BAGHDAD — Defying a sustained barrage of mortars and rockets in Baghdad and other cities, Iraqis went to the polls in strength on Sunday to choose a new Parliament meant to outlast the American military presence here.and
“Iraqis are not afraid of bombs anymore,” said Maliq Bedawi, 45, defiantly waving his finger, stained with purple ink, to indicate he had voted, as he stood near the rubble of an apartment building in Baghdad hit by a huge rocket in the deadliest attack of the day.
Insurgents here vowed to disrupt the election, and the concerted wave of attacks — as many as 100 thunderous blasts in the capital alone starting just before the polls opened — did frighten voters away, but only initially.
The shrugging response of voters could signal a fundamental weakening of the insurgency’s potency. At least 38 people were killed in Baghdad. But by day’s end, turnout was higher than expected, and certainly higher than in the last parliamentary election in 2005, marred by a similar level of violence.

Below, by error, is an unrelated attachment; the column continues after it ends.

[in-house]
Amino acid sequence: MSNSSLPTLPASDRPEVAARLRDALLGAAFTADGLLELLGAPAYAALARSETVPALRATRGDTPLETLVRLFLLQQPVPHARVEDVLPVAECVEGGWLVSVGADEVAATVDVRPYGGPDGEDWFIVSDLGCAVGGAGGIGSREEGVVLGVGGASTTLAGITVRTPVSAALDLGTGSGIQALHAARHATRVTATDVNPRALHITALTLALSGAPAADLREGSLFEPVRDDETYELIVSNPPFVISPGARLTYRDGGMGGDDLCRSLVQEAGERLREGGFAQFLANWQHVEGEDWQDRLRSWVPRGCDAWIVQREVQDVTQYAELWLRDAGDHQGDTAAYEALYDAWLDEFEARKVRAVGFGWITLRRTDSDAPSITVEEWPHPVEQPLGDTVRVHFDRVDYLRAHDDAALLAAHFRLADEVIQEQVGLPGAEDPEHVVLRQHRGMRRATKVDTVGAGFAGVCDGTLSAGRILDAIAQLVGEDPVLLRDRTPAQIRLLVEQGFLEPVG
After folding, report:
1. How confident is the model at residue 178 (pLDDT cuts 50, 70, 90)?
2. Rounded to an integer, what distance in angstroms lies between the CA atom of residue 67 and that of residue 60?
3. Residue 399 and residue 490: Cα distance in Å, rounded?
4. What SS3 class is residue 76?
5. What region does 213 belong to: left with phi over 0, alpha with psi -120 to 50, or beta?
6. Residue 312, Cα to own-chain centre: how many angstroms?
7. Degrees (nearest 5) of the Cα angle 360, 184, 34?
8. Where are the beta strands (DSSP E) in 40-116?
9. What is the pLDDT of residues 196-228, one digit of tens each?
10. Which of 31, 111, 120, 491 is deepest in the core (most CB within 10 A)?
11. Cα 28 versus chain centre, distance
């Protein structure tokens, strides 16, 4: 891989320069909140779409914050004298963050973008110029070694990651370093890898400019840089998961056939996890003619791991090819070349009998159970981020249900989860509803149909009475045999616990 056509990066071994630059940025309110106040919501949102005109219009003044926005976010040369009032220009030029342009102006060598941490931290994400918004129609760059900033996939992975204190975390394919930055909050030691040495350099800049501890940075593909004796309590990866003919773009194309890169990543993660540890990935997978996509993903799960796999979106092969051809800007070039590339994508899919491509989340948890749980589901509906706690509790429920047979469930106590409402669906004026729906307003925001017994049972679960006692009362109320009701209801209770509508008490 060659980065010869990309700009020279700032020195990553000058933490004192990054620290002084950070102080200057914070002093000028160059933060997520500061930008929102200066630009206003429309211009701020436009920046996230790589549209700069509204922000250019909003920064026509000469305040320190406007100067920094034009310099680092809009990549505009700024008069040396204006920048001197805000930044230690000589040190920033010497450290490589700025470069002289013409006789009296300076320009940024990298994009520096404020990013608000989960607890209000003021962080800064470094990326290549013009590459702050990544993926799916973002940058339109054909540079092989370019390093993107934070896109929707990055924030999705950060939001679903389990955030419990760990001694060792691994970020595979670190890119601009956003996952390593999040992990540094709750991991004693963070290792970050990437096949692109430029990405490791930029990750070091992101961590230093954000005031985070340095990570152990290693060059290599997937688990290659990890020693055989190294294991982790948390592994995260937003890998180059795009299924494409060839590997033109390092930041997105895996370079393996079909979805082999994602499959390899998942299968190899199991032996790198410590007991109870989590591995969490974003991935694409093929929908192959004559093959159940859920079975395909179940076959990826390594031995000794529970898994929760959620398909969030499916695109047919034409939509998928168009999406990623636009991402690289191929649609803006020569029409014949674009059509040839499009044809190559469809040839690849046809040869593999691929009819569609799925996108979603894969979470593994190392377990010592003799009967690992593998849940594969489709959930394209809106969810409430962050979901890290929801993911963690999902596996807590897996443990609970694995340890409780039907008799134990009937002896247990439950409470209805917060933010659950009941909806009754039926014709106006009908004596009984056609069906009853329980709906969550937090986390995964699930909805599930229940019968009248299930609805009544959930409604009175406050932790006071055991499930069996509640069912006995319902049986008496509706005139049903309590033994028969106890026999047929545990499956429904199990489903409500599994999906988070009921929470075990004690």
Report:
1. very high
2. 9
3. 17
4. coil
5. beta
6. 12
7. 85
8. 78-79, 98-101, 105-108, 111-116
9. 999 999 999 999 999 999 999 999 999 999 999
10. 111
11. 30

After the polls closed at 5 p.m., party leaders said two coalitions seemed to have fared best: the one led by Prime Minister Nuri Kamal al-Maliki, who has campaigned for a second time on improved security in Iraq, and another led by the former interim leader, Ayad Allawi, who has promised to overcome Iraq’s sectarian divides.Should be an interesting process to watch...
As expected, neither coalition appeared to have secured an outright majority in the new 325-member Parliament, and so it was unclear whether Mr. Maliki had succeeded in winning another four years in office.
That sets the stage for a period of turmoil — months, not weeks, politicians here predict — as the winning coalition tries to cobble together enough votes to elect a prime minister.